A Man Called Ove

by Fredrik Backman

Cover image

Translator: Henning Koch
Publisher: Washington Square
Copyright: 2012, 2014
Printing: May 2015
ISBN: 1-4767-3802-5
Format: Trade paperback
Pages: 337

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Ove is 59 years old and drives a Saab. He's grumpy, often taciturn, very particular in how things should be done, and extremely judgmental about how other people do them. He is the sort of person who regularly rants about how poorly things are done these days and how much better they used to be. Ove does not like change.

A Man Called Ove opens with him terrorizing the employees of an Apple Store, trying to buy a computer, but this incident is actually foreshadowing, and will only make sense at the very end of the book. The story actually begins in the second chapter, with Ove making his morning rounds of the neighborhood in which he lives, discovering an out-of-place bicycle and a mangy cat, and then starting to put a hook in his ceiling. But just as he's getting started, he's interrupted by new neighbors, who are incapable of backing up a trailer properly without scraping it against his house. Not that motor vehicles are allowed in the area anyway.

That inauspicious beginning changes Ove's life, mostly through the sheer persistence of other people's disasters. It's not obvious at first that it will, and at the start A Man Called Ove could be a funny collection of stories about a curmudgeon. But as Backman shows more of Ove's life and tells more of his background and situation, it becomes something so much more, something satisfying and heart-breaking and deeply human.

I've been struggling to review this book because I find it hard to capture what makes it so wonderful. Making that even harder, several key plot elements are introduced gradually in the story in ways that add a lot to the rhythm of the plot, and I don't want to spoil them. I think the closest I can get in a spoiler-free review is that A Man Called Ove is about empathy. It's about human connection, even when people seem unlikable, unreachable, or angrily off-putting. And it's a book about seeing the best inside other people, and about finding ways to be persistently oneself while still changing enough to find new connections, and about recognizing those moments when someone is showing you their best without getting caught up on the surface presentation.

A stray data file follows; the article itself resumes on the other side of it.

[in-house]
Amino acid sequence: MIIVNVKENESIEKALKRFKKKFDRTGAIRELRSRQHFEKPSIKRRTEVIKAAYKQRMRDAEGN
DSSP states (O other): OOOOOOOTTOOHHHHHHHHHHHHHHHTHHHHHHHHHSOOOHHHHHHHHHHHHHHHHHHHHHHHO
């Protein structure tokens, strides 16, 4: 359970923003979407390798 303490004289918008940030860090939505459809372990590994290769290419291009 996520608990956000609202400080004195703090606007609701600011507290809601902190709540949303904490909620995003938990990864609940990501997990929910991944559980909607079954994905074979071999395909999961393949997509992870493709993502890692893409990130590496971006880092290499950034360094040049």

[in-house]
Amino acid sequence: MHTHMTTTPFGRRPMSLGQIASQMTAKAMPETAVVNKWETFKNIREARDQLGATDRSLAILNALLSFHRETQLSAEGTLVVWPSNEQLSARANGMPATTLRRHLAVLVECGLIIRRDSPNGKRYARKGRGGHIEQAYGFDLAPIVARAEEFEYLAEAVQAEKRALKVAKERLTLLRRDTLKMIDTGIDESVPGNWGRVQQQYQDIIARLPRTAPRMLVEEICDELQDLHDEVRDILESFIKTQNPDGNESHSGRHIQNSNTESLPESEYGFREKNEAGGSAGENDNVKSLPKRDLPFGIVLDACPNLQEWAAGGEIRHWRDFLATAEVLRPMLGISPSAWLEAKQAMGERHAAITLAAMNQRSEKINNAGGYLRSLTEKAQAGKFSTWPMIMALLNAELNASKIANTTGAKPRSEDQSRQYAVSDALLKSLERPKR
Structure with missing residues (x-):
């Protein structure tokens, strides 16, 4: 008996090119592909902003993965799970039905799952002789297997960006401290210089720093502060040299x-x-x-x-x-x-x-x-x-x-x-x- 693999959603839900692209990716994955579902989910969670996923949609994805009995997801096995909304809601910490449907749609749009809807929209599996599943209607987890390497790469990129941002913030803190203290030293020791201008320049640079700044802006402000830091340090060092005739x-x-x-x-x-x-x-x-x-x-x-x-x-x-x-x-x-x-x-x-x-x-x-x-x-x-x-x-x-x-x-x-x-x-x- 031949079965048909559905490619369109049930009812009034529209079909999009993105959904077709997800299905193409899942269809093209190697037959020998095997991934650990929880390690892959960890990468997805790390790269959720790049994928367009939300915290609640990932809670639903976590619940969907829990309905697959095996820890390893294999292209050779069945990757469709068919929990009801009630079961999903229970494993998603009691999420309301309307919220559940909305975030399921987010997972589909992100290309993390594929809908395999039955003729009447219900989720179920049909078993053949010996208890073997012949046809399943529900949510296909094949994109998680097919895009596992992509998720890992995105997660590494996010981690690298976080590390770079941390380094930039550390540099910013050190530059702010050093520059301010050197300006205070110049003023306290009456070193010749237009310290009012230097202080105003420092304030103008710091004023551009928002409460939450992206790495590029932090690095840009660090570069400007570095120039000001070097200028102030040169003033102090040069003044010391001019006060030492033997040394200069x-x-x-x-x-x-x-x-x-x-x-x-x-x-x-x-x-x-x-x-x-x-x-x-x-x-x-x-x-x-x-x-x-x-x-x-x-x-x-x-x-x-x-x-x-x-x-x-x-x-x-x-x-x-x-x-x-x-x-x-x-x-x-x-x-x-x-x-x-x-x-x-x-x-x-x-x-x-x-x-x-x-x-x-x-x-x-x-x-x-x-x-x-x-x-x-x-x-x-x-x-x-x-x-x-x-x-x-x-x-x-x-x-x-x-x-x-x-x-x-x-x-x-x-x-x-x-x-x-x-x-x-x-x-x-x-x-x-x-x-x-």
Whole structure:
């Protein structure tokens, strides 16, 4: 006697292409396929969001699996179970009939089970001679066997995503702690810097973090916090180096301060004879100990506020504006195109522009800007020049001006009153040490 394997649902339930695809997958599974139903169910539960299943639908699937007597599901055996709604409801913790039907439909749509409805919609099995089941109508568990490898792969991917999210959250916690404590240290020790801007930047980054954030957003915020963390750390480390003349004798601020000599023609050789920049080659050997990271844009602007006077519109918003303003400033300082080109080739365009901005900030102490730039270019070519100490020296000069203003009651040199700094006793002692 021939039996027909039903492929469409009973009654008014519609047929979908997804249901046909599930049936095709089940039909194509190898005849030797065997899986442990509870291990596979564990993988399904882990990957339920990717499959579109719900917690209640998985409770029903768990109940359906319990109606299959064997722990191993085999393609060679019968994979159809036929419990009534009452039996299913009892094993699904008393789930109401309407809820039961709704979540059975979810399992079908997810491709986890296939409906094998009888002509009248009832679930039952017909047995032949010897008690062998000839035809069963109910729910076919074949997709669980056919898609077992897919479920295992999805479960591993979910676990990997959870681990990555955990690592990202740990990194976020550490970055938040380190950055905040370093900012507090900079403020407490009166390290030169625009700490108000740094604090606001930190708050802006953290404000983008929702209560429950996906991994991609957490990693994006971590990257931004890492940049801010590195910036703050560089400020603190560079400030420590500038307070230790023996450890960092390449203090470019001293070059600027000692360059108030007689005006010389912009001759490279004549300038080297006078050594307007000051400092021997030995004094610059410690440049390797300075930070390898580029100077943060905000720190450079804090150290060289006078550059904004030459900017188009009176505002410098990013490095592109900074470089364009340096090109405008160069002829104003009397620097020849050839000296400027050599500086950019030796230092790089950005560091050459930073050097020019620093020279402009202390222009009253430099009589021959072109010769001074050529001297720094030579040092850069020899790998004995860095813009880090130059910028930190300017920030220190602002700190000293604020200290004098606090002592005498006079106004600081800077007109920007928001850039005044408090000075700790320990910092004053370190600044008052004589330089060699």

The man Ove is the center of this story, the subject of tight third person perspective for nearly all of the book. He's 59 when the story opens, but by the end of the book, mostly through flashback chapters, the reader knows his childhood and early adulthood and much of the story of his marriage. At first, he seems to be an obnoxious, surly, angry curmudgeon, the sort of old man who yells at clouds. But the joy of this book is how the reader's perception changes, how one gains sympathy, and then respect, first for Ove's unshakable inner sense of morality that he got from his father and then for his rule-based approach to how the world should work. One never entirely agrees with him, but Backman demystifies and explains Ove's thought process and ties it into a different generation and a different way of interacting with work (although Ove was still uncommon even in his youth, just not as unique).

As I write this review, news and opinion in the United States are very focused on the plight of the white working class and how that does or does not explain recent election results. Backman is Swedish (I read this book in translation), so it's not coming from US culture and the cultural fault lines are not quite the same. But I think this book says something deeply valuable and fascinating about the working-class culture of Ove's youth, something that's much less about specific politics and much more about how it feels to make things with one's hands, to build or rebuild one's own house, or to work for thirty years at the same job and not be interested in a promotion to management. Backman does a truly spectacular job conveying the sense of angry frustration at the changes in work and life, the difficulty communicating one's internal feelings meaningfully, and the quiet joy of finding those places in life where one can do things properly.

Ove is, of course, not the only character in this book, and every character here is a delight in their own idiosyncratic ways. The main story arc involves the various people in his neighborhood, particularly his new next-door neighbors: a pregnant Iranian woman and her very laid-back husband who is incapable of doing things around the house but keeps trying. I think Parvaneh, the woman, is my favorite character of the story except for Ove, and it's fitting that she's the first to work out the broad outlines of what's happening in Ove's life and the tricky path to effectively helping him. In a way, she's Ove's opposite: fiery, mercurial, talkative, and meddling. But she sees things in Ove that no one else seems to notice. (And the scene between her and Ove when she's learning to drive is a thing of beauty.)

This is a book that could have been extremely sad, and yet isn't. It's a book about somber, depressing topics that somehow manages to be delightfully funny. And it's about a curmudgeon who persistently fails to have any sort of stereotyped heart of gold, but is nonetheless one of the most satisfying, fascinating, ethical, and good-willed characters I've ever read about. It manages to treat a collection of very different characters with individualized deep empathy and appreciation, while never pushing them all into the same mold. And the ending is wonderful.

I rarely read slice of life stories, but this one is worth making an exception for. It's one of the best books I've ever read. Highly, highly recommended.

Rating: 10 out of 10

Reviewed: 2016-12-24

Last modified and spun 2016-12-25